This world is a crazy and beautiful place. Leaving the culture of academia didn’t take me away from staring into the effects of personal traumas. The world keeps moving. Now we have the likes of Brock Turner. The public figure of date rape, or assaulting of an unconscious woman. Both apply to him. But the ONE thing that I can find the silver lining with in a scumbag like him is that people know Brock Turner. People know that the guy next door is capable of raping someone. The blonde haired, blue-eyed dork is just as self-serving (yes, self-serving. Power hungry. Habitual abuser. whatever) as the creepy stranger in the alley. He is capable of taking advantage of an unconscious women. And we also learned that there are good samaritans that will stop and help a victim. We love them. While on the flip side we also learned, or were reminded, that there are so many people who would not stop. There are so many people who wouldn’t even think twice about his behavior. We learned there are parents out there that can sum a sexual assault to “20 minutes of action” and we learned there are actual judges who will take his well-being into regard above all the women. Just all the women, period. And while all that was happening so many were curling up in their beds, pulling the blankets up to their chin and remembering the guy that did that to them. They were thanking the survivor in this case for writing such a powerful statement that caught national headlines. That even got congress to listen to the public for a moment. And there were the women that, for the first time, finally realized and/or admitted to themselves that they were not wrong. They were raped. They were taken advantage of and it was not their fault. And they’ll always remember that impact statement. Brock will be the name that triggers that memory, no matter whose face shows up. And just when they think people may actually be catching on to the fact that there’s a rape culture that needs dismantled, they’ll hear about the judge in Canada that didn’t understand why the girl (in a separate case) couldn’t just keep her knees together or her hips tilted back. Canada. The country so many regard as peaceful and safe. As they cringe it’ll make them wonder what the fuck is wrong with this world all over again. And they’ll hear about the university football player that was told to just be careful with drinking and these girls; and it’ll make them remember why they believed staying silent was their best option in the first place.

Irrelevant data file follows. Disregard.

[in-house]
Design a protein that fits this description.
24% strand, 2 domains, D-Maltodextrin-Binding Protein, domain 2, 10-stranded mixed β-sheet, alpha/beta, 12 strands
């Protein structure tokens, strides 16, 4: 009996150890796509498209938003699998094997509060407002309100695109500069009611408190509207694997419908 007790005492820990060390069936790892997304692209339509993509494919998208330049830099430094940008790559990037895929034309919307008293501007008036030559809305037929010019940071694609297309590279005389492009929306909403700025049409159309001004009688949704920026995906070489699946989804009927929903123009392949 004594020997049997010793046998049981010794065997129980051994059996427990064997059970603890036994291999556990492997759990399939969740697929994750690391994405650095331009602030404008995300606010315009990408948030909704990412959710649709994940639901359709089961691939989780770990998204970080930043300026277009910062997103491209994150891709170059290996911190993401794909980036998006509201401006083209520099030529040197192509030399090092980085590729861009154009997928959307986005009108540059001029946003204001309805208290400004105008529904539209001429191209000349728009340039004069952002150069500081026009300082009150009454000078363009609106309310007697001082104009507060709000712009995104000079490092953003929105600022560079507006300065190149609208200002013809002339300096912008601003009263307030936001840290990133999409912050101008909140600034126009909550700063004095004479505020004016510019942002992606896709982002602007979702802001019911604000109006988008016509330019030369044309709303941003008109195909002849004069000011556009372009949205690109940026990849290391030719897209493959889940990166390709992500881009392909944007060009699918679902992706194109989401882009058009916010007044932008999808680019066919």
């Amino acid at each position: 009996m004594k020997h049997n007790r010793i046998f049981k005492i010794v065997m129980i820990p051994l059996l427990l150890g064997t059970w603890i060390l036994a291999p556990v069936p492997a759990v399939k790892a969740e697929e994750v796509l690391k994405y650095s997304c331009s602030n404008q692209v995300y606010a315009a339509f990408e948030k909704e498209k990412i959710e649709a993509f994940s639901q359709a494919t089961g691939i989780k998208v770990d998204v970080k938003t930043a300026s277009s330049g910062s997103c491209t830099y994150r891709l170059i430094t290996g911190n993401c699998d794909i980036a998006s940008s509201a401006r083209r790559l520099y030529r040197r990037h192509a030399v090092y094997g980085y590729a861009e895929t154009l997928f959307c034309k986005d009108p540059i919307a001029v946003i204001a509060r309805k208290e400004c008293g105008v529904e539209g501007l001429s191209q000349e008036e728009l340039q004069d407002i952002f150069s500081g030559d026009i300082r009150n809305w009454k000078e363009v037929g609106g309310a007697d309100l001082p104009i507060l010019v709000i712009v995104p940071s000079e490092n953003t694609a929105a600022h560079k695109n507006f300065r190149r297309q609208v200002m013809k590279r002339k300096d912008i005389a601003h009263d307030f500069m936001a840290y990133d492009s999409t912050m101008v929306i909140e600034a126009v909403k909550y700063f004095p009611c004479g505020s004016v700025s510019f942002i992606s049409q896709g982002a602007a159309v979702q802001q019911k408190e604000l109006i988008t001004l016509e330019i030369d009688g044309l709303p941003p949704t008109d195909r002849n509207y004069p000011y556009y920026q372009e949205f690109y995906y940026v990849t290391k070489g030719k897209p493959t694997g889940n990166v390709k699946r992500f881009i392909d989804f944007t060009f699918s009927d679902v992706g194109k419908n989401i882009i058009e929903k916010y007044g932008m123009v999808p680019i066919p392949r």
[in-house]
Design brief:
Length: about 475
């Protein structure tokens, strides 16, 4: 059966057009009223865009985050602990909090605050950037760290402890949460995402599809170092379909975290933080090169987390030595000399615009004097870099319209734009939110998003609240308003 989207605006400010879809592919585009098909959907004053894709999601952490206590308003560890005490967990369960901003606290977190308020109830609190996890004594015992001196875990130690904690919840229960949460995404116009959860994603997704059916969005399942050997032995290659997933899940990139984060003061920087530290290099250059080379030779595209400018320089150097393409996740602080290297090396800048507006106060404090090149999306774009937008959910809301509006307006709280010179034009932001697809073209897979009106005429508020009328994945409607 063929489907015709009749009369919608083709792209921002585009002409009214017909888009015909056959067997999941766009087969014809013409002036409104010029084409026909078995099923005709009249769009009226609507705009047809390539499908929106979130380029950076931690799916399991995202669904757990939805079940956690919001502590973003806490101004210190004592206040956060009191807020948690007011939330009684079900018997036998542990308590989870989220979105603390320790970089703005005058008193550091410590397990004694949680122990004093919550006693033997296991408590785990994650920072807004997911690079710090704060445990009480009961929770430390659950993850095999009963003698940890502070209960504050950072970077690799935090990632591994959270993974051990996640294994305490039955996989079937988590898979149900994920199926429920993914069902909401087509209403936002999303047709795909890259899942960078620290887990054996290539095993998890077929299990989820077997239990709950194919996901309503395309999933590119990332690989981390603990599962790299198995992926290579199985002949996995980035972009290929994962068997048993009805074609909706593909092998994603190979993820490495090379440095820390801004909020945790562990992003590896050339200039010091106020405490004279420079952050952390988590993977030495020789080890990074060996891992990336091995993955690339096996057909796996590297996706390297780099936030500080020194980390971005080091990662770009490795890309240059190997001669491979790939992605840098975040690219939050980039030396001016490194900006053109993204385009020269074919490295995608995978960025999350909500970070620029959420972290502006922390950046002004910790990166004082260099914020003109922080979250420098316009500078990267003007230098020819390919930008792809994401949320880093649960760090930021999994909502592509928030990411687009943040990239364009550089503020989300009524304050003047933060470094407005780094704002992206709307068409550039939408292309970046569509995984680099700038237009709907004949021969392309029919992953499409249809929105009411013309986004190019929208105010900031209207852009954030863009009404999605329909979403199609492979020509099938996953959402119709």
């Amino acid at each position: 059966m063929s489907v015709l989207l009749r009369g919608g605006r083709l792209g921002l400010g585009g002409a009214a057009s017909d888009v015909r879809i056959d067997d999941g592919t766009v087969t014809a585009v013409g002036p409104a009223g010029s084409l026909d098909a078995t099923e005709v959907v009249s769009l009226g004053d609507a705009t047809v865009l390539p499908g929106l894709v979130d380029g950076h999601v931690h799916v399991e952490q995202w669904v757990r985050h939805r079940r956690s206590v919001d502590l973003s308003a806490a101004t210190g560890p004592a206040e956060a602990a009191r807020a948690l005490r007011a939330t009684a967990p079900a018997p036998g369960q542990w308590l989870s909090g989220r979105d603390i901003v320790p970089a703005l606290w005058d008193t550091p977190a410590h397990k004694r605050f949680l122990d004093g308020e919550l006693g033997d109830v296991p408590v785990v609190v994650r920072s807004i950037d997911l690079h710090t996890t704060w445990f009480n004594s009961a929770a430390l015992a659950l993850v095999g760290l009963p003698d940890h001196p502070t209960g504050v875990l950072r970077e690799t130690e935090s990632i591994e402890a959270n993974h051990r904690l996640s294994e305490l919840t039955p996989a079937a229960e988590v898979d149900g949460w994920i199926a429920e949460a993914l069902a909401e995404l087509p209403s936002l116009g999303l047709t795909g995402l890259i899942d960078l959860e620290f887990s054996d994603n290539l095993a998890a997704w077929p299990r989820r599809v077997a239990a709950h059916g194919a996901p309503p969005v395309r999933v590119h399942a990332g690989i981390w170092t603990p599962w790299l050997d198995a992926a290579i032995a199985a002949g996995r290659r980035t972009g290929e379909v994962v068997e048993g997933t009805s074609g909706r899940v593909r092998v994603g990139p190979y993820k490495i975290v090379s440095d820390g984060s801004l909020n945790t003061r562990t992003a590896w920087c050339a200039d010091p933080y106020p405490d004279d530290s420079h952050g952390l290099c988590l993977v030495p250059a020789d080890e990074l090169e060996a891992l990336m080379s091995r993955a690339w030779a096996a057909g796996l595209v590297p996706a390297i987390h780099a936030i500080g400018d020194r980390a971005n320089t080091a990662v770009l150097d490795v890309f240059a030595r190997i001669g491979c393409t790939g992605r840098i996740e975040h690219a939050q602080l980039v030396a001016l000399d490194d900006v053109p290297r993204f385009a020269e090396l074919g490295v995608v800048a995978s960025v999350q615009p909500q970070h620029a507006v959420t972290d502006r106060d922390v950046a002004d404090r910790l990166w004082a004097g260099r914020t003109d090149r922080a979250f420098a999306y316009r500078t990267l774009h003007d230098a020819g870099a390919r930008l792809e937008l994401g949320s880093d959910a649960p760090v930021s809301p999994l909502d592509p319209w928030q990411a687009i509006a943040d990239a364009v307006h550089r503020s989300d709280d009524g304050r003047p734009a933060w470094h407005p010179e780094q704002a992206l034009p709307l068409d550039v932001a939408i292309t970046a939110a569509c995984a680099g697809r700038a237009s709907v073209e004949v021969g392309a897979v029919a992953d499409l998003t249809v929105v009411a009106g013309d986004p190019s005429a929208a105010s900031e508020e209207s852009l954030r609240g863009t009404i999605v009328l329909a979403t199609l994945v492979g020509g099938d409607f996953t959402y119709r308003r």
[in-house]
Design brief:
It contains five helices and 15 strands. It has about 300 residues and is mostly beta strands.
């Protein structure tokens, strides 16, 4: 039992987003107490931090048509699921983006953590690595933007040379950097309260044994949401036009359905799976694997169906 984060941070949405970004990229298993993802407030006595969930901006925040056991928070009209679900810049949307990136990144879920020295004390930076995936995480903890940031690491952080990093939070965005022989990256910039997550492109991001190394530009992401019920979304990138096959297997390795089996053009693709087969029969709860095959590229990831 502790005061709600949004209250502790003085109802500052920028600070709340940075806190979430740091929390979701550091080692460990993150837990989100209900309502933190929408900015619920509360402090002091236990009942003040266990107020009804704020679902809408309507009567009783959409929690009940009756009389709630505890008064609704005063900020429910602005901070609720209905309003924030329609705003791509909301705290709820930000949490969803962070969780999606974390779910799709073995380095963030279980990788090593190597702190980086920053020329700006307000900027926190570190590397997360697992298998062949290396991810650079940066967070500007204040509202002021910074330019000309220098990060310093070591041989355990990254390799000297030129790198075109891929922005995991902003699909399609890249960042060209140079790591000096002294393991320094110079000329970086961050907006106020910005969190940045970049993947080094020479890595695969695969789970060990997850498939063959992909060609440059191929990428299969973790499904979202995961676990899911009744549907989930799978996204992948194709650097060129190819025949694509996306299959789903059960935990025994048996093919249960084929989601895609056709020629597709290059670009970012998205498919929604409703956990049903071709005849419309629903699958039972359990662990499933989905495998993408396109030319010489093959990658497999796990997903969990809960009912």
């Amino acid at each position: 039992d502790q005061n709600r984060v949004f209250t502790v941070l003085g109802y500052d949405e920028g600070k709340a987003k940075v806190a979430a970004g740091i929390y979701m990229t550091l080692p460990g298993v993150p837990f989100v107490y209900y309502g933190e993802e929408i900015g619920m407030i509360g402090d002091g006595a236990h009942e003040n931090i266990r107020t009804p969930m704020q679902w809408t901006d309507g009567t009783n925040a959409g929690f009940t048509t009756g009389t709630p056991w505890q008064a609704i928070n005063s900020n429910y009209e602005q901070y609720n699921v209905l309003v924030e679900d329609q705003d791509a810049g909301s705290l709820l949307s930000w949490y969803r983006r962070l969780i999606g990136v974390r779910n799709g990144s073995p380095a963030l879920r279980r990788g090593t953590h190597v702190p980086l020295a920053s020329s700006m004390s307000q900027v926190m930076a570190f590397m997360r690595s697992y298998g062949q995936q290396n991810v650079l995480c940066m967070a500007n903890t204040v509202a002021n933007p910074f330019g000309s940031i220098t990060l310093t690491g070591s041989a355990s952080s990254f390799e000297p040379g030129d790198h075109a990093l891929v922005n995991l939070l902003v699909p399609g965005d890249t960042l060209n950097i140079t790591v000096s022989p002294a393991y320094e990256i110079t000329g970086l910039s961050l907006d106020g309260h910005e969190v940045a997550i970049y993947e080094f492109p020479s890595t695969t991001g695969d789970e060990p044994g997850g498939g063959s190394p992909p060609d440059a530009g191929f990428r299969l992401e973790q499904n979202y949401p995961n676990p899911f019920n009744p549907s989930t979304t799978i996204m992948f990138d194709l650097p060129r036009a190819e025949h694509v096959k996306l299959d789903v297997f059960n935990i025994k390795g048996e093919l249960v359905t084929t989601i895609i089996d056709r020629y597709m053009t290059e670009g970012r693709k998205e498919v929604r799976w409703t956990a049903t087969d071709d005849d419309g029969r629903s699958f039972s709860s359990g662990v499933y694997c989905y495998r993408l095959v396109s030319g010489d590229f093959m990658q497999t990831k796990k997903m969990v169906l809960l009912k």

And it’s with all this that I truly realize that I may have walked away from the university and earning my PHD by 32, but I didn’t walk away from my passion. I didnt let go of what I believe is important in this world. I didnt give up. I took a break. I went down a path I never imagined and acquired a husband and children. I married a man who is as disgusted in all these scumbags just as much as I am. Someone who was appalled to learn that California just now, in 2016, made it illegal to have sex with an unconscious person. That wasn’t a law before? Do people seriously have to be told that? I married a man who will help me raise two boys (as much as we possibly can) to know the difference between right and wrong and how to treat a lady. How to treat all people, really. And this is my new journey. I will somehow take note in all this shit that is happening all around us and somehow raise things of beauty. It is a definite challenge. I wont raise them to be blind, no matter the issue, but I’ll raise them to have a voice. To use whatever privilege they may have and speak. Make a difference, no matter how small it may be. I’m glad I chose this path at the cross roads. There’s so much work that needs to be done.